By combating malaria with mosquito nets or building schools and providing basic sanitation, philanthropy is helping transform the developing world. Rich donors are devoting fortunes—many of them earned through computer software, entertainment, and venture capitalism— to defeating poverty and improving lives, supplementing and in some cases surpassing official aid channels.From billionaires Bill and Melinda Gates and Warren Buffett to Aliko Dangote and George Soros, the titans of capitalism are backing good causes with their cash. Whether financing new vaccines, building libraries, or buying up Amazon rain forest to protect the environment, philanthropists are supporting innovations and new approaches that are changing lives and building dreams.This issue of F&D looks at the world of targeted giving and social entrepreneurship.“ Philanthropy’s role is to get things started,” says Microsoft co-founder Bill Gates, who is the world’s most generous giver. “We used foundation funds to set up a system to make market forces work in favor of the poor.” He says that catalytic philanthropy can make a big difference. “Good ideas need evangelists. Forgotten communities need advocates.” Former U.S. President Bill Clinton tells us that networks of creative cooperation between government, business, and civil society can get things done better to solve the world’s most pressing problems.Also in this issue, Prakash Loungani profiles superstar economist Jeffrey Sachs, who helped campaign for debt relief for developing economies and championed the Millennium Development Goals. We look at how, instead of spending commodity price windfalls on physical investments, which are often sources of corruption, governments of poor countries are sometimes well advised to hand some of the income over to their citizens. We examine moves by major central banks to ease our way out of the crisis enveloping advanced economies in our Data Spotlight column, and we hear about how China’s growth inspires creativity in the West.
International Monetary Fund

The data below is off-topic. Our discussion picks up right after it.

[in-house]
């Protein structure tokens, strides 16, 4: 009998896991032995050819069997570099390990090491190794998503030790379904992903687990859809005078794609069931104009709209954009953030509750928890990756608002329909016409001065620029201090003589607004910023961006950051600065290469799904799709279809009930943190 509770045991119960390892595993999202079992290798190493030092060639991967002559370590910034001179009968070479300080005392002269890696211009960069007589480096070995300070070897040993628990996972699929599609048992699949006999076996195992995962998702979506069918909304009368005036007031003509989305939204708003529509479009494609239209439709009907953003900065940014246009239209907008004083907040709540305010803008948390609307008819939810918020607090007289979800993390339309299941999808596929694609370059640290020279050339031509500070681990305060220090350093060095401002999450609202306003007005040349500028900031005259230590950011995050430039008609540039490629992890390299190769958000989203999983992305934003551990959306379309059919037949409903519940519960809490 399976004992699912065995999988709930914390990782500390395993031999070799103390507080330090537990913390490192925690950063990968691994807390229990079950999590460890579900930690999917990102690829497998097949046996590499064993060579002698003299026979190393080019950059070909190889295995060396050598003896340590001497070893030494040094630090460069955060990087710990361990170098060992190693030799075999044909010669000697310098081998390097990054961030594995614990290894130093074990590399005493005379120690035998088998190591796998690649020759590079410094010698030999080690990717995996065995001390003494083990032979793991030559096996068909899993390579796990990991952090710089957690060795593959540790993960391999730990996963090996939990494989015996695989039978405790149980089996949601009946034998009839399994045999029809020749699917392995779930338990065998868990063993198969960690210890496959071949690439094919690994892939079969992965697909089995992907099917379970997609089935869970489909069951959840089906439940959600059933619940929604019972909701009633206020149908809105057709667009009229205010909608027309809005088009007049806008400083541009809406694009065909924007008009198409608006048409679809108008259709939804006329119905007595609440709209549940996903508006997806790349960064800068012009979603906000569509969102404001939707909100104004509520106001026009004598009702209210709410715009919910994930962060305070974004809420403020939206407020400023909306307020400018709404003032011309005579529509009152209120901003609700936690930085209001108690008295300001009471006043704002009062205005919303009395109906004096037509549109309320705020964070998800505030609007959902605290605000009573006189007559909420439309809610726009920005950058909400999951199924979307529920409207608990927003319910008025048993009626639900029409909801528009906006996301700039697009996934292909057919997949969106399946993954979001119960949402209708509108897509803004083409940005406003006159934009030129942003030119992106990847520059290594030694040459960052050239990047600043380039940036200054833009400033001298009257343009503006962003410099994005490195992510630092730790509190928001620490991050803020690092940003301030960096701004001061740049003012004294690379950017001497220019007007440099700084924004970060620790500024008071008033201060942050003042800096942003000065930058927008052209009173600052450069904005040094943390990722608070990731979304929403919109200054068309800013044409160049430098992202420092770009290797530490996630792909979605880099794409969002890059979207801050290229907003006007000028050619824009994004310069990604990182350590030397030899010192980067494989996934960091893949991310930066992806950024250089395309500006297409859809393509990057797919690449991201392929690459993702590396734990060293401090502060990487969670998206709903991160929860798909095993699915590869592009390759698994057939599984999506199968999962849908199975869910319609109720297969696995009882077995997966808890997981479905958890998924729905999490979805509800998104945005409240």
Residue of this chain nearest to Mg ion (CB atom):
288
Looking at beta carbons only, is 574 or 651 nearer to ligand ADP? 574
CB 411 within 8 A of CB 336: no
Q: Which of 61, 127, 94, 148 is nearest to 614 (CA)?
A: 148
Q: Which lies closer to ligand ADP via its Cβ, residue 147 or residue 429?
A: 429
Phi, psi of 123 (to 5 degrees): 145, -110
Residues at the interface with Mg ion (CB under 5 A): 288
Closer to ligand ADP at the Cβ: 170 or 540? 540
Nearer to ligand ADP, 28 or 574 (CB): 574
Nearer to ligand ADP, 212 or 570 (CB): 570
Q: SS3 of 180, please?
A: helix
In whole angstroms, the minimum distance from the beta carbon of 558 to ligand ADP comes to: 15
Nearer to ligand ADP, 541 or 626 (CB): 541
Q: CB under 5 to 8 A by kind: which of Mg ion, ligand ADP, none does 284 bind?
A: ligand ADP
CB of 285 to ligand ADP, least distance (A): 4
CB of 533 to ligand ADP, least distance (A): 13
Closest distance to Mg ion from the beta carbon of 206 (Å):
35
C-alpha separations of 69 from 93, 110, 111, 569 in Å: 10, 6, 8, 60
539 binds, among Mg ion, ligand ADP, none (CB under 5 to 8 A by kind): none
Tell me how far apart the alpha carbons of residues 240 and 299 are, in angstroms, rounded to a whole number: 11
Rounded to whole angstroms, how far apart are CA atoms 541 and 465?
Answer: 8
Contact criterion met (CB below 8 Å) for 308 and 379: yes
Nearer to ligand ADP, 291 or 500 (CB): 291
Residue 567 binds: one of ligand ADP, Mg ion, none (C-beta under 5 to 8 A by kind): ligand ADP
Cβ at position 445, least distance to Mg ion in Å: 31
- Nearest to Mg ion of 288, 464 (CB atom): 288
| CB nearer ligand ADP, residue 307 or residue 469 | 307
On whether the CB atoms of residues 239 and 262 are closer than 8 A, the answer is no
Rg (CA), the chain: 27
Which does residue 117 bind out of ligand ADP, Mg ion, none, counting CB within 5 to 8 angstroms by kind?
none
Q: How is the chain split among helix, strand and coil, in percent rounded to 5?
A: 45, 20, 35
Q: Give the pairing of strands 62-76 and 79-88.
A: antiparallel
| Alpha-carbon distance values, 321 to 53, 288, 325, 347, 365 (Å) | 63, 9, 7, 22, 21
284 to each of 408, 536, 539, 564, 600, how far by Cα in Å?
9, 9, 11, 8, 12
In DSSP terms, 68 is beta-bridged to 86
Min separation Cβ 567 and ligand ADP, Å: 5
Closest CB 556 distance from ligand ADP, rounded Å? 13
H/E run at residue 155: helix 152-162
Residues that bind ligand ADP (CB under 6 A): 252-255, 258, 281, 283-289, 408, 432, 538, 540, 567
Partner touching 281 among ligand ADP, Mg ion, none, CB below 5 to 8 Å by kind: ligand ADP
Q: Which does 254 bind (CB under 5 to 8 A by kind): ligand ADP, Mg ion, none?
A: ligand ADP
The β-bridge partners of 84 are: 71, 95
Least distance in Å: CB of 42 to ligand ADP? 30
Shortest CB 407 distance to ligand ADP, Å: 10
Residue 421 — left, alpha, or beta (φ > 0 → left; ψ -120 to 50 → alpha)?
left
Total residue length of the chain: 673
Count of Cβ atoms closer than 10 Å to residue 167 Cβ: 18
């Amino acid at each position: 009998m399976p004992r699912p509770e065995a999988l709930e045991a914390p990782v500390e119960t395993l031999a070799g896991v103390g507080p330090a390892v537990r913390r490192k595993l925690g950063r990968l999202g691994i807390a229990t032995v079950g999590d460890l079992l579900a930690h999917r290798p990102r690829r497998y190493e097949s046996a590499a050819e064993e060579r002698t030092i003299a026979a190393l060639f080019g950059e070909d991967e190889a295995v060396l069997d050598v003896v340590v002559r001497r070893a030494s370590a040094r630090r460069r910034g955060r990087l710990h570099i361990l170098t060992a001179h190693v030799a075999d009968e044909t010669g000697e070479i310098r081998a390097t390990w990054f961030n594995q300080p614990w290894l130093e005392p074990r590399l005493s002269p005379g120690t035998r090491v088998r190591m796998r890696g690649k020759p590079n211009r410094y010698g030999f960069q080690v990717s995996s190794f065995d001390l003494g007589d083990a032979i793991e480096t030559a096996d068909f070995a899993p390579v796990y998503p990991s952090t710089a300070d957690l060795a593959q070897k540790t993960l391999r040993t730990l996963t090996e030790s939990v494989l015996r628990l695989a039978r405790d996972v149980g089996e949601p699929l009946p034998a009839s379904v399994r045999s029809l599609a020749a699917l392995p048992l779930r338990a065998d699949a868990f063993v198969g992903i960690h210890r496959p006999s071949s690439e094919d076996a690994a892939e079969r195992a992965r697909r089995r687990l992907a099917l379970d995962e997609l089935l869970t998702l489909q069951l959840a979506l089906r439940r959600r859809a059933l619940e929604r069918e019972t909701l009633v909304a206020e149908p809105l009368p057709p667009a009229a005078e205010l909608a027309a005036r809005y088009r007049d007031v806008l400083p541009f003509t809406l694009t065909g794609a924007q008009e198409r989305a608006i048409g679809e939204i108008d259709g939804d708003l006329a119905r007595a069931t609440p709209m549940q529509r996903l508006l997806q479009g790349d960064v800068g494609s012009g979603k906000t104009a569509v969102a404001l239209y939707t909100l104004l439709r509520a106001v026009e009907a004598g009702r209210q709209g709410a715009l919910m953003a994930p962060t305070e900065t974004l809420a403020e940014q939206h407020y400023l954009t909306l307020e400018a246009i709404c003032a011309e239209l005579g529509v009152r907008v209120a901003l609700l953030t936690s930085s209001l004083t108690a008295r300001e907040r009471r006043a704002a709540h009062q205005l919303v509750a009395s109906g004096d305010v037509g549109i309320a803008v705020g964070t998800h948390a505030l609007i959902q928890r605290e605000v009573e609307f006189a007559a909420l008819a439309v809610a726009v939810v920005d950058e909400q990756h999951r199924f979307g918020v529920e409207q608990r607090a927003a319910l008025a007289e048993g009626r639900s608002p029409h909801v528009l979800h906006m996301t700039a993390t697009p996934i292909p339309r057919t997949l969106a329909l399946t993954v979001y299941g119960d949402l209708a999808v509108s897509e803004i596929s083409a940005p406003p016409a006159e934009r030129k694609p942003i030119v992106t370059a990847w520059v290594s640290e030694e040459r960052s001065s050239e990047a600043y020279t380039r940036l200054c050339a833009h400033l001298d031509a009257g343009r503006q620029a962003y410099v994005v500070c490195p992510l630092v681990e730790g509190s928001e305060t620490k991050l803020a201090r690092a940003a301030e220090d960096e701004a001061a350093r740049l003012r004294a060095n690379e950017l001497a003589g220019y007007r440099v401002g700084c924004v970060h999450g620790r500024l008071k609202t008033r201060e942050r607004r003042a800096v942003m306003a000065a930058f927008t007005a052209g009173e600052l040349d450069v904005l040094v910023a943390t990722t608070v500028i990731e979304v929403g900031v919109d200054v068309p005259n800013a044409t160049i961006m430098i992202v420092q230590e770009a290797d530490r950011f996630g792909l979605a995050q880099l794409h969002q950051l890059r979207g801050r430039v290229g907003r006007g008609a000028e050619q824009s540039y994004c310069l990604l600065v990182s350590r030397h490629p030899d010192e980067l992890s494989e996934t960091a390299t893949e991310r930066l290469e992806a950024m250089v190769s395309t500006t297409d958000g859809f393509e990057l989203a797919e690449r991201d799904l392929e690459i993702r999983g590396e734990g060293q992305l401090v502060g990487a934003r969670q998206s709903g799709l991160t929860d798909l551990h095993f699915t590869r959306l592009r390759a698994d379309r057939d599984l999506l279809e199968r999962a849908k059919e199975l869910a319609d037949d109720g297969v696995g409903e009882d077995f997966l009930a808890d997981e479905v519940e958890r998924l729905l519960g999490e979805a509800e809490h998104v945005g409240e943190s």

Ya sea luchando contra la malaria con mosquiteros, o construyendo escuelas y proporcionando saneamiento básico, la filantropía está ayudando a transformar el mundo en desarrollo. Donantes ricos dedican muchísimo dinero -obtenido en muchos casos a través de sus negocios en los sectores de la informática y el entretenimiento, o de inversiones de capital-riesgo- a luchar contra la pobreza y mejorar la calidad de vida de las personas, complementando y, en algunos casos, superando la ayuda oficial. Desde los multimillonarios Bill y Melinda Gates y Warren Buffett a Aliko Dangote y George Soros, los titanes del capitalismo respaldan las buenas causas con su dinero. Ya sea financiando nuevas vacunas, construyendo bibliotecas o adquiriendo tierras en la selva amazónica para proteger el medio ambiente, los filántropos respaldan distintos proyectos y enfoques innovadores que están cambiando la vida de la gente y construyendo sueños. En este número de F&D se examinan el mundo de las donaciones focalizadas y el empresariado social. “El papel de la filantropía es poner en marcha el proceso”, dice el cofundador de Microsoft, Bill Gates, el filántropo más generoso del mundo. “Usamos los fondos de la fundación para establecer un sistema que pusiera a las fuerzas del mercado a trabajar para los pobres”. Según Gates, la filantropía catalizadora puede tener un gran impacto. “Las buenas ideas necesitan divulgación. Las comunidades olvidadas necesitan apoyo activo”. El ex Presidente de Estados Unidos, Bill Clinton, señala que las redes de cooperación creativa entre el gobierno, las empresas y la sociedad civil pueden hacer las cosas mejor para resolver los problemas más apremiantes que afronta el mundo. También en este número, Prakash Loungani traza una semblanza del economista superestrella Jeffrey Sachs, quien apoyó la campaña en favor del alivio de la deuda de las economías en desarrollo e impulsó los Objetivos de Desarrollo del Milenio. Examinamos cómo, en lugar de utilizar las ganancias extraordinarias derivadas de los precios de las materias primas en inversiones físicas, los gobiernos de los países pobres deberían transferir parte de estos ingresos a los ciudadanos. En “Un vistazo a las cifras” analizamos las medidas adoptadas por los principales bancos centrales para salir de la crisis que afecta a las economías avanzadas, e incluimos un artículo sobre cómo el crecimiento en China incentiva la creatividad en Occidente.